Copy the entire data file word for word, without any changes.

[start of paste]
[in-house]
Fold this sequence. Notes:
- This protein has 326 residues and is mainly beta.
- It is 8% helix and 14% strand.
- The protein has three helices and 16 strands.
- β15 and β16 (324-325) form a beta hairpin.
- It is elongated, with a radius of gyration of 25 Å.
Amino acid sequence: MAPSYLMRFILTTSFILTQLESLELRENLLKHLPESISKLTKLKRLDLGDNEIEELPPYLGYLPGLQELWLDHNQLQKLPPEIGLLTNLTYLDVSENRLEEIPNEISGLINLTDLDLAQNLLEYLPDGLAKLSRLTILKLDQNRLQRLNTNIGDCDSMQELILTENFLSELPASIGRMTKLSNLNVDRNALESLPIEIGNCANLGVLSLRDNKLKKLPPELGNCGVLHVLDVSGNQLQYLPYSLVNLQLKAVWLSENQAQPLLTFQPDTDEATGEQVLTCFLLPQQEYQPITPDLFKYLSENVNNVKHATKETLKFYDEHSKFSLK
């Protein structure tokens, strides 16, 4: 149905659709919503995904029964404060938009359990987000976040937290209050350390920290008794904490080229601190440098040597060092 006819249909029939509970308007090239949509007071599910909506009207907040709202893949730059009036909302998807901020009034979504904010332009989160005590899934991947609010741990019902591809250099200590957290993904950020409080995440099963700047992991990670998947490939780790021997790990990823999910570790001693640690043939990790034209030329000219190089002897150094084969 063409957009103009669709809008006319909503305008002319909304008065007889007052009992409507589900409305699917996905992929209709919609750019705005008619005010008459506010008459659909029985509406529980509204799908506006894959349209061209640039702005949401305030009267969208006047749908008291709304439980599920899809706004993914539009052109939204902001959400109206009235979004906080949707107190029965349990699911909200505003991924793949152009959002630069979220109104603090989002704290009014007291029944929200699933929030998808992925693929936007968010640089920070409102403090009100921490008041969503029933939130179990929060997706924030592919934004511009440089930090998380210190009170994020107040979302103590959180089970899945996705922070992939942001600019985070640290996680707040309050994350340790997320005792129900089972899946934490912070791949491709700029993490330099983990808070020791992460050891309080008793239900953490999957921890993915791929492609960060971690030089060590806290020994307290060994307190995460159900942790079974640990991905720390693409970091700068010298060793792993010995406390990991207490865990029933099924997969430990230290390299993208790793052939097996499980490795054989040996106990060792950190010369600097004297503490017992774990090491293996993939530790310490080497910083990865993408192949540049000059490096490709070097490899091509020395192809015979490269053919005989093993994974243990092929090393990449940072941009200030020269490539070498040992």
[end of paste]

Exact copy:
[in-house]
Fold this sequence. Notes:
- This protein has 326 residues and is mainly beta.
- It is 8% helix and 14% strand.
- The protein has three helices and 16 strands.
- β15 and β16 (324-325) form a beta hairpin.
- It is elongated, with a radius of gyration of 25 Å.
Amino acid sequence: MAPSYLMRFILTTSFILTQLESLELRENLLKHLPESISKLTKLKRLDLGDNEIEELPPYLGYLPGLQELWLDHNQLQKLPPEIGLLTNLTYLDVSENRLEEIPNEISGLINLTDLDLAQNLLEYLPDGLAKLSRLTILKLDQNRLQRLNTNIGDCDSMQELILTENFLSELPASIGRMTKLSNLNVDRNALESLPIEIGNCANLGVLSLRDNKLKKLPPELGNCGVLHVLDVSGNQLQYLPYSLVNLQLKAVWLSENQAQPLLTFQPDTDEATGEQVLTCFLLPQQEYQPITPDLFKYLSENVNNVKHATKETLKFYDEHSKFSLK
């Protein structure tokens, strides 16, 4: 149905659709919503995904029964404060938009359990987000976040937290209050350390920290008794904490080229601190440098040597060092 006819249909029939509970308007090239949509007071599910909506009207907040709202893949730059009036909302998807901020009034979504904010332009989160005590899934991947609010741990019902591809250099200590957290993904950020409080995440099963700047992991990670998947490939780790021997790990990823999910570790001693640690043939990790034209030329000219190089002897150094084969 063409957009103009669709809008006319909503305008002319909304008065007889007052009992409507589900409305699917996905992929209709919609750019705005008619005010008459506010008459659909029985509406529980509204799908506006894959349209061209640039702005949401305030009267969208006047749908008291709304439980599920899809706004993914539009052109939204902001959400109206009235979004906080949707107190029965349990699911909200505003991924793949152009959002630069979220109104603090989002704290009014007291029944929200699933929030998808992925693929936007968010640089920070409102403090009100921490008041969503029933939130179990929060997706924030592919934004511009440089930090998380210190009170994020107040979302103590959180089970899945996705922070992939942001600019985070640290996680707040309050994350340790997320005792129900089972899946934490912070791949491709700029993490330099983990808070020791992460050891309080008793239900953490999957921890993915791929492609960060971690030089060590806290020994307290060994307190995460159900942790079974640990991905720390693409970091700068010298060793792993010995406390990991207490865990029933099924997969430990230290390299993208790793052939097996499980490795054989040996106990060792950190010369600097004297503490017992774990090491293996993939530790310490080497910083990865993408192949540049000059490096490709070097490899091509020395192809015979490269053919005989093993994974243990092929090393990449940072941009200030020269490539070498040992």